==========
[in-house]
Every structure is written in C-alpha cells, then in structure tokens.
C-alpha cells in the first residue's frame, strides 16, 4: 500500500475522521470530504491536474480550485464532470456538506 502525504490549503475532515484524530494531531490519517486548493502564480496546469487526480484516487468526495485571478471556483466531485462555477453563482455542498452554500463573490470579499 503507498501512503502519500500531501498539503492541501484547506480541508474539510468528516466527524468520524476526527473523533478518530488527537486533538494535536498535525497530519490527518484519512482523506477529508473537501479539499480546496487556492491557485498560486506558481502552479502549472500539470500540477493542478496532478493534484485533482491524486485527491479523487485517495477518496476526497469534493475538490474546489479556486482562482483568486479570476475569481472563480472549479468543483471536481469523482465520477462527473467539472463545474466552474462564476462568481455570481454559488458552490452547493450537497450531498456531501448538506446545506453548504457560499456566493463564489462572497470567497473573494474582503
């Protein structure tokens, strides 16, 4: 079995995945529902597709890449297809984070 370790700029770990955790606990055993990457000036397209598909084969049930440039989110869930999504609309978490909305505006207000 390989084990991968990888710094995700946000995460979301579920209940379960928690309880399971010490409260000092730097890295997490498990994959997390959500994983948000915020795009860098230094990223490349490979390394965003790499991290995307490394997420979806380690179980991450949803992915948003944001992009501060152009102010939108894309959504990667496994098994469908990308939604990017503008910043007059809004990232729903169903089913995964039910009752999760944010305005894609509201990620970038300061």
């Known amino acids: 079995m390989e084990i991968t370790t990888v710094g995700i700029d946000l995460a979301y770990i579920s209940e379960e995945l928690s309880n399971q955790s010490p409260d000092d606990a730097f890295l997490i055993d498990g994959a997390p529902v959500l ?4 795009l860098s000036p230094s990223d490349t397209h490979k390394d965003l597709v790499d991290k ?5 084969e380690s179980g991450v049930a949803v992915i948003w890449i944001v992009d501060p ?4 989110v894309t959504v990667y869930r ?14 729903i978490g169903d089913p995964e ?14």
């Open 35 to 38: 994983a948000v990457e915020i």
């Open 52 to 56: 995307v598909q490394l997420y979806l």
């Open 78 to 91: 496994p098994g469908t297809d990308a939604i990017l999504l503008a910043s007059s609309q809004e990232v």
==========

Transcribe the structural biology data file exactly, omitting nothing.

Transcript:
[in-house]
Every structure is written in C-alpha cells, then in structure tokens.
C-alpha cells in the first residue's frame, strides 16, 4: 500500500475522521470530504491536474480550485464532470456538506 502525504490549503475532515484524530494531531490519517486548493502564480496546469487526480484516487468526495485571478471556483466531485462555477453563482455542498452554500463573490470579499 503507498501512503502519500500531501498539503492541501484547506480541508474539510468528516466527524468520524476526527473523533478518530488527537486533538494535536498535525497530519490527518484519512482523506477529508473537501479539499480546496487556492491557485498560486506558481502552479502549472500539470500540477493542478496532478493534484485533482491524486485527491479523487485517495477518496476526497469534493475538490474546489479556486482562482483568486479570476475569481472563480472549479468543483471536481469523482465520477462527473467539472463545474466552474462564476462568481455570481454559488458552490452547493450537497450531498456531501448538506446545506453548504457560499456566493463564489462572497470567497473573494474582503
């Protein structure tokens, strides 16, 4: 079995995945529902597709890449297809984070 370790700029770990955790606990055993990457000036397209598909084969049930440039989110869930999504609309978490909305505006207000 390989084990991968990888710094995700946000995460979301579920209940379960928690309880399971010490409260000092730097890295997490498990994959997390959500994983948000915020795009860098230094990223490349490979390394965003790499991290995307490394997420979806380690179980991450949803992915948003944001992009501060152009102010939108894309959504990667496994098994469908990308939604990017503008910043007059809004990232729903169903089913995964039910009752999760944010305005894609509201990620970038300061």
């Known amino acids: 079995m390989e084990i991968t370790t990888v710094g995700i700029d946000l995460a979301y770990i579920s209940e379960e995945l928690s309880n399971q955790s010490p409260d000092d606990a730097f890295l997490i055993d498990g994959a997390p529902v959500l ?4 795009l860098s000036p230094s990223d490349t397209h490979k390394d965003l597709v790499d991290k ?5 084969e380690s179980g991450v049930a949803v992915i948003w890449i944001v992009d501060p ?4 989110v894309t959504v990667y869930r ?14 729903i978490g169903d089913p995964e ?14």
């Open 35 to 38: 994983a948000v990457e915020i």
């Open 52 to 56: 995307v598909q490394l997420y979806l």
């Open 78 to 91: 496994p098994g469908t297809d990308a939604i990017l999504l503008a910043s007059s609309q809004e990232v």